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The Brunswick beacon. (Shallotte, N.C.) 19??-current, April 08, 1993, Page PAGE 3-A, Image 3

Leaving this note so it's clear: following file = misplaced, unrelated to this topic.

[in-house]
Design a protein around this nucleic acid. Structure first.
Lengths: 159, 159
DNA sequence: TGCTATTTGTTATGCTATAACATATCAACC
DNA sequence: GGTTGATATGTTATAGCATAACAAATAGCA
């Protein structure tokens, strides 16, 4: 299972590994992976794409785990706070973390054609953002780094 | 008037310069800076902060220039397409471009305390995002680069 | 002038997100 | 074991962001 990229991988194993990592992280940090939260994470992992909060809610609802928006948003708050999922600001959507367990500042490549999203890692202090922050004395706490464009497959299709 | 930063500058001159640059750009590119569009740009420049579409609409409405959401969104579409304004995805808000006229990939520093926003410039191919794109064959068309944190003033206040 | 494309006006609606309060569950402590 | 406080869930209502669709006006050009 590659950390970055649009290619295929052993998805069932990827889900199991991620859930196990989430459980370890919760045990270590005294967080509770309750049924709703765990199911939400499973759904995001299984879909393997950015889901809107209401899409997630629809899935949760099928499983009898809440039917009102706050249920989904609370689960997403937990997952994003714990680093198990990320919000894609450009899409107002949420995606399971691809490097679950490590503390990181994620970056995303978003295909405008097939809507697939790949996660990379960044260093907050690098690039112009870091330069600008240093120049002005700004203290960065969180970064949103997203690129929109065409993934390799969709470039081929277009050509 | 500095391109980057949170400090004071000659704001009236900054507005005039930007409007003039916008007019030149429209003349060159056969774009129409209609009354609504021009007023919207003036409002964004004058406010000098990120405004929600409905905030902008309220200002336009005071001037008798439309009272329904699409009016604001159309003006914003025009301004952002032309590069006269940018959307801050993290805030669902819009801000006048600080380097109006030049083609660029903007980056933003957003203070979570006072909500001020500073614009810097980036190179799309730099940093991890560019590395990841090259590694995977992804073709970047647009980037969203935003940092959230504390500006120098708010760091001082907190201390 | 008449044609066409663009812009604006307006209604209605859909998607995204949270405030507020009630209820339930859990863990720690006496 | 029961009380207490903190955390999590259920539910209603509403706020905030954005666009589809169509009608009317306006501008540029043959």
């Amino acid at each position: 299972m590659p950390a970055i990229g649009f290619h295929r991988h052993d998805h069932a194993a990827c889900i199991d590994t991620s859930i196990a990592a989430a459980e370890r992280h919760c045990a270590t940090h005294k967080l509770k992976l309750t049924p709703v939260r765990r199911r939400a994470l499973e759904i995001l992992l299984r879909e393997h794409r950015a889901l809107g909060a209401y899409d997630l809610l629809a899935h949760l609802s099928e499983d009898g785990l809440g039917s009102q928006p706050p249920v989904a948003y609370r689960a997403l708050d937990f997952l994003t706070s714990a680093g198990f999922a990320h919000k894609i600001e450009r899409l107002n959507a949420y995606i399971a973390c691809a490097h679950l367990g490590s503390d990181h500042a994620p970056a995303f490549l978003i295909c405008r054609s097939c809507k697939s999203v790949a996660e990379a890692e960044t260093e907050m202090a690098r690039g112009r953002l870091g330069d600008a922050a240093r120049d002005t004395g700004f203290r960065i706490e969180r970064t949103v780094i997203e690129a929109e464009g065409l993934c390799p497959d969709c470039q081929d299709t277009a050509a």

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Local Fishing Fraternity Loses Three Good Friends BY JAMIE M1LLIKEN April is finally here, the month I look forward to more than any other. Her cool mornings and warm afternoons mark the beginning of our beloved offshore fishing. The refreshing days of April bring new-found energy into my life that always fades into near hibema m CAPTAIN tion during the winter. W mT JAMIE'S These past few winter months were ? OFF^HDRF extremely hard for me and some fami M '"""'"onUnfc iies j dearly love who arc greatly tied to 1 FISHING the fishing community in southeastern ?V REPORT North Carolina. This past December Mr. Matcland Bellamy passed away. Mr. Matcland was a lifelong friend of the commercial fisherman, the men and women who carve out their living from gill nets, shrimp boats, crab pots and oyster rocks of Brunswick County. He was one of the most knowledgeable persons in the field of boats and fishing that I have ever met. Mr. Matcland may be gone, but his stories of life's experiences will always stay with me. February was not a kind month, either. Norman Farrow, a regular on the local billfishing tournament scene, died unexpectedly while on a business trip to Atlanta. Norman and his crew of the Double Exposure were always the class of the field in the Wrightsvillc Beach Marlin Tournament. 1 remem ber last November, while I was fishing aboard the Caribbean Soul, Norman gave me a call on the VHF and turned mc on to one of the best wahoo bites that I have ever witnessed. He was thai type of guy. How can anyone explain the loss of my good friend Ed Jones? Ed was a fierce competitor on the local kind mackerel fishing tournament trail. Only the ones who knew him and loved him like 1 did knew how much he loved this sport. Ed worked countless hours each year as a volunteer and sponsor of our South Brunswick Islands King Classic each Labor Day. Ed was an owner of Ocean Isle Motel and Marine, which has served yearly as an official weigh station for the tournament. I loved the hours that I spent fishing beside Ed and his crew of the Southern Style. I will always re call the hours of fellowship and stories of "the ones that got away" that we shared back at the docks. Ed, old buddy, you gave a great deal of time and effort to this sport, and your life will always be a part of the fishing fraternity of the South Brunswick Islands. I am pleased that your name will forever be on the ag gregate winners' trophy of my tour nament, the Jolly Mon King Classic held each July at Ocean Isle. It will be an honor to present the Ed Jones Award. Each of these three men was different, but their love of God's precious ocean was the same. ? ? ? So here it is April, and life is new again. The fish will start mov ing in close to shore as the water temperature continues to rise. King mackerel will begin to show up in the 30-mile range within the next two weeks. The Spanish and cobia runs will begin in May. Speaking of May, the 100-fathom line will again light up with blue marlin, wahoo and dolphin. I hope to bring you a vivid recreation of the Southern Kingfish Association's National Champion ship to be held this month in St. Petersburg, Fla. This promises to be an exciting shoot-out as 62 captains' chase the top prize. Please wish me and the crew of the Caribbean Soul lots of luck, and I hope to have a story for you when we return. Until next time, good fishin' This Week's Tide Table APRIL HIGH LOW Day Date A.M. P.M. A.M. P.M. Thursday 8 9:59 10.32 3:53 4:03 Friday 9 10:51 11:24 4:44 4:51 Saturday 10 11:42 5:33 5:42 Sunday 11 12:16 12.35 6:27 6:33 Monday 12 1:10 1:30 7:19 7:28 Tuesday 13 2:06 2:28 8:15 8:29 Wednesday 14 3:01 3:27 9:11 9:29 ADJUSTMENTS SHALLOTTE INLET?add 17 min. high tide, add 32 min. low tide. LOCKWOOD FOLLY?subtract 22 min. high tide, subtract 8 min. low tide. BALD HEAD ISLAND?subtract 10 min. high tide, subtract 7 min. low tide. SOUTHPORT?add 7 min. high tide, add 15 min. low tide. LITTLE RIVER?subtract 11 min. high tide, add 18 tnin. low tide. Beach Area POAs To Meet Saturday At least four local property own ers' associations plan meetings of some type Saturday, April 10. The Ocean Isle Beach Property Owners Association (POA) Board of Directors will meet at 9 a.m. Saturday at the Museum of Coastal Carolina at Ocean Isle Beach. Sunset Beach POA meets at 10:30 a.m. at the fire station, with coffee and refreshments starting at 10 a.m. The Holden Beach POA meets at 10 a.m. at the town hall, with a board of directors' meeting at 9 a.m. The Harbor Acres POA will also meet Saturday at the Holden Beach Town Hall, at 2 p.m. Correction A child photographed on a play ground slide during the Spring Fling celebration at Union Primary School was incorrectly identified in a cut line in the April 1 edition of the Beacon. The child was actually Heather Hickman. POOR YEAR FOR MENHADFN Commercial Fish Catch Down Sharply In 7 992 BY DOUG RUTTKR North Carolina commercial fish ermen landed 27 percent fewer fish and shellfish in 1992 than ihcy did in 1991, mainly because of a poor year for menhaden. Also down last year were catch es of popular finfish including blues, croaker, flounder and Spanish mack erel and shellfish such as oysters and clams, according to state statistics. After harvesting 212,641,148 pounds of fish in 1991, Tar Heel an glers caught just 154,429,821 pounds last year for a decrease of 58,211,327 pounds or 27.4 percent. The value of the commercial landings fell accordingly, from S66.7 million in 1991 to S58 million last year. The poundage and dollar figures for 1992 were their lowest in at least seven years. "Overall the landings are down, and the landings of many of the de sirable and edible species arc down," said Mike Street of the N.C. Division of Marine Fisheries. The largest drop was in commer cial finfish landings, which were down 32.7 percent compared to 1991. Most of the decrease can be blamed on a lousy year for men haden, which is caught for its oil and fish meal value. Commercial fisher men harvested 110 million pounds of menhaden two years ago and only 57 million pounds in 1992. "There was fairly poor fishing all along the Atlantic coast for men haden last year," Street said. He blamed North Carolina's 53-million pound decrease on severe weather during the peak menhaden months N.C. Commercial Fish Landings Year Pounds Value 198 6 168,881,954 $63,230,931 1987 157,323,919 $65,707,286 198 8 192,693,176 $77,756,754 198 9 165,197,479 $73,957,607 199 0 174,992,869 $70,692,290 1991 212,641,148 $66,787,706 199 2 154,429,821 $58,024,642 Source: N.C. Division of Marine Fisheries of November and December. Also down in 1992 were com mercial landings of favorites such as flounder, bluefish, croaker, Spanish mackerel, pompano and spccklcd trout, according to preliminary sta tistics released last week. The flounder harvest fell more than 2 million pounds to 5.8 million pounds last year. Bluefish landings were down 28 percent to 2.8 million pounds, while the croaker catch dropped 19 percent to 2.8 million pounds. "The stocks of most of these fish arc stressed or depressed," said Street, indicating that the species arc suffering as a result of overfishing or environmental conditions. The commercial shellfish har vest fell 12.1 percent last year, from 55 million pounds in 1991 to 48 mil lion pounds. Fishermen reported de creased landings of shrimp, clams, crabs and oysters. The oyster harvest dropped only slightly last year, from 319,040 to 293,956 pounds, but the catch to taled 913,100 pounds just five years T ago. "Oysters continue to be very depressed," Street said. State officials blame the rapid decrease in oyster landings on bac terial pollution caused by septic tanks and stormwatcr runoff and tiny parasites that kill oysters. Street attributes last year's 27-percent de cline in the clam harvest to overfishing "Clams arc getting fished very, very hard and landings arc going downward," he said. The shrimp harvest dropped nearly 50 percent last year, from 10.7 million pounds to 5.5 million pounds. However, Street said the 1992 figure was about average and the previous year was cxccllcnt. Last year wasn't entirely bad for North Carolina fishermen. The grouper harvest increased from 609,520 pounds in 1991 to 761,909 pounds. Landings of drum also were up 23 percent last year to 134,787 pounds, while the commercial mul let harvest jumped 24 percent to 1.8 million pounds. Still in its infancy, the dogfish shark fishery saw a tremendous in crease in 1992 when fishermen land ed 8.6 million pounds for an in crease of nearly 600 percent. The harvest of other sharks also doubled to 1.3 million pounds. "Sharks arc about the highest they've ever been," Street said, adding that the dogfish sharks c;iught in nets off the Outer Banks arc usually shipped to Europe. Blue crab landings were down slightly from last year. But Street said the 40 million-pound harvest in 1992 was the second best on record and the SI2.8 million value was the greatest on record. Remaining about the same as the previous year was the commercial king mackerel harvest at just over 1 million pounds, shcepshcad at 47,526 pounds and spot at 2.8 mil lion pounds. Carolina Travel Agency Full-Service?Air, Sea and Land f NOW OPEN j 579-9638 10251 Beach Rd., Ilwy. 179, Calabash I Get ready for fishing season! WET & DRY STORAGE ? SHIP'S STORE ? BAIT ? TACKLE ? ICE ON THE WATERWAY UNDER THE HOLDEN BEACH BRIDGE ? 842-5447 Q^MJXftlJVEK FGBALCX OUT BOARDS The Ultimate-Fishing Machine MARINA s ' .. r r _ rm r-w -i. ?? : : * R??^U?CFJ"E HOLDEN r . ^rt jgrr...dCMLM pISHIIMC FLFFT y Grease all fittings S Grease steering cable c / Change fuel filters S Change spark plugs Wolfe 842-8212 y Clean/replace air filter / Check control cables I Alice E 842-9492 %/ Change water separator filters I Super Salty I 842-47fin / Check electrical system ^ / Check navigational lights and bilge pump j*-day fishincF.S?rwses / Check battery Margie's Fish Cleaning-842-3072 SINGLE TWIN SINGLE TWIN OUTBOARD OUTBOARD I/O I/O $50 $75 $100 $150 I fc ? .'.???? ?>} I Plus cost of parts. Call 842-5447 to schedule an ? appointment. I ^ ^ Mike Potts, our service manager, I ^tmammay will relay any problems discovered | 9 U5,nessMans9e' and provide you with an estimate of the cost to repair. ?Quality Guaranteed! -=====. ft, #s or. POSSIE TATRO PAUL CULLIS CURTIS SMITH JAY BARRETT MFi inn* nrmno Ship's Store Salesperson Service Technician Service Terhr?^;a? v. w, ^ ? ? . ? omt dMHHETT MELINDA DENNIS TOM MORSE JOHNNY RARnw Service Technician Service Technician Parts Technidan Equipment Operator ?? Yard Manger